Later that week, Armstrong embarked on a tour of Europe that featured some very erratic moments. But he always thrived on “Dolly.” Here it is from Juan-Les-Pins, France, July 26, 1967:
Now that’s a helluva solo. No quotes and he’s in command throughout. I love the stuff he does in the middle, always changing. He even toys with the descending idea he played in Atlantic City four days earlier, but quickly discards it in favor of something fresh. 24 hours later, still at Juan-Les-Pins, he turned in this solo:
Just one day later and it’s completely different with both “Stormy Weather” AND “Japanese Sandman” back in there. Now do you see what Muranyi meant? You never knew what Pops had in mind on this tune. Six months later, on December 20, 1967, Armstrong tore it up on “Dolly” again during an Operation: Entertainment ABC broadcast from the Fort Hood Army Base in Kileen, Texas, playing a solo similar to the one we just heard. But fortunately, this one exists on YouTube so we get to see how Armstrong worked over the crowd on the song:
In June 1968, Armstrong headed to England for a relaxed stay that actually found him staying put for an unusual length of time, playing nightly at the Variety Club in Batley, Yorkshire, England for a couple of weeks. Two “Dollys” survive from the run, recorded within a day of each other. Here’s the first, again in shaky sound, from June 18:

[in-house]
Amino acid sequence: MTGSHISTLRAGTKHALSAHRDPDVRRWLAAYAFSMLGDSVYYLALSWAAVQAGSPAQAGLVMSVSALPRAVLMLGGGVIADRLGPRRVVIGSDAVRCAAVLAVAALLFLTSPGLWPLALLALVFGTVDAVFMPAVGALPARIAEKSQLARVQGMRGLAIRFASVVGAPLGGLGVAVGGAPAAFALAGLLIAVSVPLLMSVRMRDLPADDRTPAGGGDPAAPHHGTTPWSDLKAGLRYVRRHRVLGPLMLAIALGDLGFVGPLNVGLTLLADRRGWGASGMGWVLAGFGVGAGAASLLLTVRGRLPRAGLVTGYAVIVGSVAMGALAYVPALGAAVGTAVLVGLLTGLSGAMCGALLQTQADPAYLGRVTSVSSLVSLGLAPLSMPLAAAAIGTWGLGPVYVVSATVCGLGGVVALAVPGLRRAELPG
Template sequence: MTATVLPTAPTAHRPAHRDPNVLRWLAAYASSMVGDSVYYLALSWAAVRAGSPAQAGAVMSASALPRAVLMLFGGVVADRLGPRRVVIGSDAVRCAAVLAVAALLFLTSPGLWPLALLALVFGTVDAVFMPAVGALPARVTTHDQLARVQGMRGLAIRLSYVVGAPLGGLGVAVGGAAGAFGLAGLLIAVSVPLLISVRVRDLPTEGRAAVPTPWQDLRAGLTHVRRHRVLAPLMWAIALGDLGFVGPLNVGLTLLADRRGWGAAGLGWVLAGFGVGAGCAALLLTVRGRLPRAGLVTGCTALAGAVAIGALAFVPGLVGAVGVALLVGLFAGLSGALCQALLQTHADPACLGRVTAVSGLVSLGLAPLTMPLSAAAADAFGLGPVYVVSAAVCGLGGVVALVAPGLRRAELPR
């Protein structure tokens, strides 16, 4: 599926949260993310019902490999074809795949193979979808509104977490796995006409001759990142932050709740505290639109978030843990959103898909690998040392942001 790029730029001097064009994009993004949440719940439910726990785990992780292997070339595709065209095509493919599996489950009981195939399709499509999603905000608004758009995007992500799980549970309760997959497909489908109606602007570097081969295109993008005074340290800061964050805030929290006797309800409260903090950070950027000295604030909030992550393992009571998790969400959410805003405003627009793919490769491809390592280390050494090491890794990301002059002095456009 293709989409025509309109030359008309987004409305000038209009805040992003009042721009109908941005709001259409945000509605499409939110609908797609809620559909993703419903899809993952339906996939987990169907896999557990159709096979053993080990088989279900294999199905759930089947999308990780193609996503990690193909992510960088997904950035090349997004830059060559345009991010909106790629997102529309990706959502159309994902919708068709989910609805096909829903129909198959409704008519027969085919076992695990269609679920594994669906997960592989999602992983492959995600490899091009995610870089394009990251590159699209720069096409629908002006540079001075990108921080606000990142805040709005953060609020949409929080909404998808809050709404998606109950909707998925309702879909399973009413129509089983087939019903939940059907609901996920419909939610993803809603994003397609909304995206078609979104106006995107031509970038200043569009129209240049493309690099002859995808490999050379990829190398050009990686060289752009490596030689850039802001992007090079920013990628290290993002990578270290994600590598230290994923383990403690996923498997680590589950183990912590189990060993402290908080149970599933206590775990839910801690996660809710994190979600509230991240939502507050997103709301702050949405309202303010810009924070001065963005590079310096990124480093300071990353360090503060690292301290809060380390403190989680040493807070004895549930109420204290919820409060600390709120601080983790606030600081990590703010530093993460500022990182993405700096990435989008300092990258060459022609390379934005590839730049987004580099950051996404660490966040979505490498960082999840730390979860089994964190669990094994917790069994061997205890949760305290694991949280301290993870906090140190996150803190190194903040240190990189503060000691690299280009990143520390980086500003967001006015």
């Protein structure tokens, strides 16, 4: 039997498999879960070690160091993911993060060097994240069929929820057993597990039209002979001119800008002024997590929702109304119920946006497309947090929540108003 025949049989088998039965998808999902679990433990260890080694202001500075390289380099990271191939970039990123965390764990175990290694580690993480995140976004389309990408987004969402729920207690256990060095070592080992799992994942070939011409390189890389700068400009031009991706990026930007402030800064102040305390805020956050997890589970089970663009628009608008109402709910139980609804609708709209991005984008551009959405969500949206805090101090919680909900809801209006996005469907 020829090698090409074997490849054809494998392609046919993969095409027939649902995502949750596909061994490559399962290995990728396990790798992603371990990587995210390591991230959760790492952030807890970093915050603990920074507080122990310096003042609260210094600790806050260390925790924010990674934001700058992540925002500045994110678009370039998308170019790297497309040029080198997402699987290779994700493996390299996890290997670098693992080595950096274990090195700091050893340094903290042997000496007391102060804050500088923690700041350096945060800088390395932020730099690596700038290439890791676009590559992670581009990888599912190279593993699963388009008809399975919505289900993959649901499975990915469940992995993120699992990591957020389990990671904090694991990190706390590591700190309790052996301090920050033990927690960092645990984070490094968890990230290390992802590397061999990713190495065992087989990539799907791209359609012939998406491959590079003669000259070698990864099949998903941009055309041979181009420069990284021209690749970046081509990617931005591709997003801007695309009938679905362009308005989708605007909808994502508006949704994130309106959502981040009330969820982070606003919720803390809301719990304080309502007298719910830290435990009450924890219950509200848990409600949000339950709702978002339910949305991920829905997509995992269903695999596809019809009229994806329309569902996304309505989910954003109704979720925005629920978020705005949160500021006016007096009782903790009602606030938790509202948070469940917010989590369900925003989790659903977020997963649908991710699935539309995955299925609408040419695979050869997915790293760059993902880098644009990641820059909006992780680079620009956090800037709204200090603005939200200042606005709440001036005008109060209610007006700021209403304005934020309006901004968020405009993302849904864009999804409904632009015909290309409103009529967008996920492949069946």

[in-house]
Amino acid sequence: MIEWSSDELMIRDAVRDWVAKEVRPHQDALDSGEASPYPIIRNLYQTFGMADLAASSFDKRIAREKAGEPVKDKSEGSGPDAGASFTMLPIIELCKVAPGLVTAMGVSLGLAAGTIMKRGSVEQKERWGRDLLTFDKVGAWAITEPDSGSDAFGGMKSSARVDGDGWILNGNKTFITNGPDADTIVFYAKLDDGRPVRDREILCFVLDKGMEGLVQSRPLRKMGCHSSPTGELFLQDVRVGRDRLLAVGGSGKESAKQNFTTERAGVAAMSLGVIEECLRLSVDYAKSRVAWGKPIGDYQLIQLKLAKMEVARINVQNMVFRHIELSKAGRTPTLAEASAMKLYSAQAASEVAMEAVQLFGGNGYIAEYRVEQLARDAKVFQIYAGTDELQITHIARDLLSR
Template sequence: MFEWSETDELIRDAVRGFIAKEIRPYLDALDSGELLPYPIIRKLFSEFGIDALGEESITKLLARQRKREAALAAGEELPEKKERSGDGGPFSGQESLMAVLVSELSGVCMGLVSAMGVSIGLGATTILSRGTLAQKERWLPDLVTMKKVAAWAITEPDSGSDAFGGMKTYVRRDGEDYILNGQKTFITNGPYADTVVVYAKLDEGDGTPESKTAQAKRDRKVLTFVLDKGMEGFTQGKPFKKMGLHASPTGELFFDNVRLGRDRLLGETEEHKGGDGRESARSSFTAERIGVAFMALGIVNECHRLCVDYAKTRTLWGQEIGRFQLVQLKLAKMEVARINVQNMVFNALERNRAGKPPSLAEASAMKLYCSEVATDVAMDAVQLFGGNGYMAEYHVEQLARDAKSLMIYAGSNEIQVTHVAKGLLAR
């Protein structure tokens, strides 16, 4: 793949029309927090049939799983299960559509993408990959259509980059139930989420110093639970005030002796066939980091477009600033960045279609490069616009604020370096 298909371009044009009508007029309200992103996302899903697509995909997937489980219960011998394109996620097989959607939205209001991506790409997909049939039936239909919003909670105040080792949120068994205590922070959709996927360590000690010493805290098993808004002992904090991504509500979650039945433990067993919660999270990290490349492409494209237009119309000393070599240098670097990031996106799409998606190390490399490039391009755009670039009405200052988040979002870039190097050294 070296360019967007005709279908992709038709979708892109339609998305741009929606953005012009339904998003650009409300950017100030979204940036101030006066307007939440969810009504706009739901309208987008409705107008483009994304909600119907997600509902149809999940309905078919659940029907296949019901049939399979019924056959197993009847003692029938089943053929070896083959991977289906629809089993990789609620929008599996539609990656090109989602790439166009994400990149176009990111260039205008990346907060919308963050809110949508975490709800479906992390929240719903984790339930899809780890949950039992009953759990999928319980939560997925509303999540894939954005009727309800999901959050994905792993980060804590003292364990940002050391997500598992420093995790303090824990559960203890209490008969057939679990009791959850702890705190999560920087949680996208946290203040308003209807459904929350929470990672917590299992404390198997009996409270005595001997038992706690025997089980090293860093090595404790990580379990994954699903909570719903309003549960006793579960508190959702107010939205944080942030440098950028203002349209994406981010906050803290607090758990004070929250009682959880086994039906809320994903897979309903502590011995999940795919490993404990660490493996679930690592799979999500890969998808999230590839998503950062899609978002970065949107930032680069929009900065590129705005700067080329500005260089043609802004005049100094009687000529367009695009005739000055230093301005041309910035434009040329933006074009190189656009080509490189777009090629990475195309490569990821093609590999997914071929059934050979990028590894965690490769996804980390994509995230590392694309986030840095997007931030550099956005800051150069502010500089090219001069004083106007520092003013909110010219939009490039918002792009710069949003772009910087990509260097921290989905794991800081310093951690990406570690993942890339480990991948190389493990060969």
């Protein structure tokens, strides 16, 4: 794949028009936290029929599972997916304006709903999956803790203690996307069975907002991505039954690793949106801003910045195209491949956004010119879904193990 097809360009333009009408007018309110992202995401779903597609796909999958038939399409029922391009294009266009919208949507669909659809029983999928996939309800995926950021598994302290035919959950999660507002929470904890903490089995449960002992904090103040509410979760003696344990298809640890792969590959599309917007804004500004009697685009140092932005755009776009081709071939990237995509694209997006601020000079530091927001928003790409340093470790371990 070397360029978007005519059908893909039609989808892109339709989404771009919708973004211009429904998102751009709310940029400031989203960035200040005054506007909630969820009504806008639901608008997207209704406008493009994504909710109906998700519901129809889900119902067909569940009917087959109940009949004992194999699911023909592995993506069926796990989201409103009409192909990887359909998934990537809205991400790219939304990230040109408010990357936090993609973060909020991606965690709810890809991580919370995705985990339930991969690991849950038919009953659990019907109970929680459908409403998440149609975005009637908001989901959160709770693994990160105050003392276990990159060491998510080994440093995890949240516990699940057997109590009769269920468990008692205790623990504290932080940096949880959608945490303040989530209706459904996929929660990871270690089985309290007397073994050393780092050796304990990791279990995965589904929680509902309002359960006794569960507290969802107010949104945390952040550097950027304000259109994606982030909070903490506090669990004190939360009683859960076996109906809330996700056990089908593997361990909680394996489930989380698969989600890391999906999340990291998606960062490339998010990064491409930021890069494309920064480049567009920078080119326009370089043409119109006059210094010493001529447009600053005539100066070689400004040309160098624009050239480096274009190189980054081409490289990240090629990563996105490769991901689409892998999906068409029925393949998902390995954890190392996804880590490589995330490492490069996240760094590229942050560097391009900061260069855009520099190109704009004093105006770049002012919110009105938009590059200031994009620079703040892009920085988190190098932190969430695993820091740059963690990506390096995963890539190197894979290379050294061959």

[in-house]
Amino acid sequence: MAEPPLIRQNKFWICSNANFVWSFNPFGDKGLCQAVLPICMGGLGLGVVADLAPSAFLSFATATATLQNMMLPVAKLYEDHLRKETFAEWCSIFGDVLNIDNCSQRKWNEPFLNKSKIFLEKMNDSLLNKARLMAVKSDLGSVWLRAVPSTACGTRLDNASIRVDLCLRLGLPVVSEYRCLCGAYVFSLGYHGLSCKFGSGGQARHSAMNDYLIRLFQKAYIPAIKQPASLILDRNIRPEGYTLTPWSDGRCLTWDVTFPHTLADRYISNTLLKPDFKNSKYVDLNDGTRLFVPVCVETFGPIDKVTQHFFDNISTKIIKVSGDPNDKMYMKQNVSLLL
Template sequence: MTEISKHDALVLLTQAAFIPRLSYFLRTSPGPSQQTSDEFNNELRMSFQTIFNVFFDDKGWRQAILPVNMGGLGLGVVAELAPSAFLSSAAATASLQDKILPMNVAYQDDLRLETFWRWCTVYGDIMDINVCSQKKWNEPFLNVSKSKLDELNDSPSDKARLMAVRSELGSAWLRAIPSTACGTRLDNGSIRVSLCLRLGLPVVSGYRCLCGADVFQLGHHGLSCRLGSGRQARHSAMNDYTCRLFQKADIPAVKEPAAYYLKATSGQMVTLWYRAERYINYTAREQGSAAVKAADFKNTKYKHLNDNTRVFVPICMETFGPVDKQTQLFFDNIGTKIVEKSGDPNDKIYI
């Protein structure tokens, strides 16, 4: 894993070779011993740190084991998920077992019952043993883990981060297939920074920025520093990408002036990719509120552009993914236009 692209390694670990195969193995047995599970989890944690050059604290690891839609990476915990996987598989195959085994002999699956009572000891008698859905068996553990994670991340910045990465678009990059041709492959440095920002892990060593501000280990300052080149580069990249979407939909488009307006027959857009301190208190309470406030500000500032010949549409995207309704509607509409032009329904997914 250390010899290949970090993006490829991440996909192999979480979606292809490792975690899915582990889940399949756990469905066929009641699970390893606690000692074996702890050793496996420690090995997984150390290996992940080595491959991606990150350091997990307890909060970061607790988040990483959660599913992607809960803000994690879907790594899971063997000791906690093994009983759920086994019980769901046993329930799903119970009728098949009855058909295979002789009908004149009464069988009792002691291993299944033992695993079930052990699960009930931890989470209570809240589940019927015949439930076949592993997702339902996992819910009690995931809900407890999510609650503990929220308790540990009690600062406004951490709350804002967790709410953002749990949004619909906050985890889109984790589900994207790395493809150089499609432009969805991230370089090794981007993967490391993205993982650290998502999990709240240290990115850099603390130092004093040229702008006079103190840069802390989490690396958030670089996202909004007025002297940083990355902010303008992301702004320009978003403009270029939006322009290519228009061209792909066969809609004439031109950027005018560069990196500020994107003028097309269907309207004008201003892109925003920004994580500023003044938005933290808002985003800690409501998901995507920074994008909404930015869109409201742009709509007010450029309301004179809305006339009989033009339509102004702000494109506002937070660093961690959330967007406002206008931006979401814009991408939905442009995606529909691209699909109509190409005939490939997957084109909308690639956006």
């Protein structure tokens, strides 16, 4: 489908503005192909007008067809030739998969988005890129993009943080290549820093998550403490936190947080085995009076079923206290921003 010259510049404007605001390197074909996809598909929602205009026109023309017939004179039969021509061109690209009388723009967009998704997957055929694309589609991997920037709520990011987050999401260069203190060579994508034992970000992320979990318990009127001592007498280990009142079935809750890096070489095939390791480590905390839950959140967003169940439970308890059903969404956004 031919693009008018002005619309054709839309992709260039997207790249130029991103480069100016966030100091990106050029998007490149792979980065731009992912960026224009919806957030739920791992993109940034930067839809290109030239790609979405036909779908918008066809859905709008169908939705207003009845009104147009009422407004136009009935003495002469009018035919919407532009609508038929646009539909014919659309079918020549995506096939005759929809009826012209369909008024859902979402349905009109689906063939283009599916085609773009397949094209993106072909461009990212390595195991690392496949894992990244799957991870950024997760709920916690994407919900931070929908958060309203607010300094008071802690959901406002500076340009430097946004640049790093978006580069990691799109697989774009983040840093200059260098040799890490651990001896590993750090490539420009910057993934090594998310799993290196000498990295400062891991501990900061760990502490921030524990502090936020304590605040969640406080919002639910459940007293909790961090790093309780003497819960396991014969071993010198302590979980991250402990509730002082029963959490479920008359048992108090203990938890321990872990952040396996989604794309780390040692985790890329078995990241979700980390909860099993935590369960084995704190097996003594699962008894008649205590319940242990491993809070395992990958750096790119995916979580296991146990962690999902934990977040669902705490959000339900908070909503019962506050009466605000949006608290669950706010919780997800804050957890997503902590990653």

I know what you’re saying: that was very similar to the two we just heard, with both quotes in the middle. But here it is the following night, June 19:
Look ma, no quotes! So Pops continued switching things up each night as he played the tune (there’s a tremendous version with a lot of different playing from a February 1968 documentary, Jazz: The Intimate Art but alas, it’s not on YouTube so I can’t share it).
Right before Armstrong left for England, he filmed a short role in the 20th Century Fox film of Hello, Dolly, starring Barbra Streisand, one of Armstrong’s favorite singers. Armstrong only appeared in the film long enough to sing one chorus but he received nearly top building and is an unquestionable bright spot in the film. Here’s the clip:
Unfortunately, by the time the film was released, Armstrong was suffering from a variety of a ailments that kept him away from performing for the entire year of 1969. When he returned to the public eye in 1970, he made a lot of television appearances but always as a singer, often doing “Dolly” (a version with Flip Wilson is no longer on YouTube and he once did it on the Mike Douglas Show as a duet with Pearl Bailey...via phone!). July 1970 found Armstrong celebrating what he believed to be his 70th birthday around the country. On July 3, he appeared at a tribute at the Shrine Auditorium in Los Angeles and he couldn’t resist closing the show with “Sleepy Time,” “Blueberry Hill” and “Hello, Dolly.” I love this version because the band (which included Clark Terry, Tyree Glenn, Barney Bigard and Louie Bellson) originally kicked it off at a fast, corny, two-beat Dixie pace before Armstrong halted them in their tracks. As the track begins, you’ll hear Armstrong count it off in the proper tempo and when they get it, he yells, “Hold that shit right there, Pops!”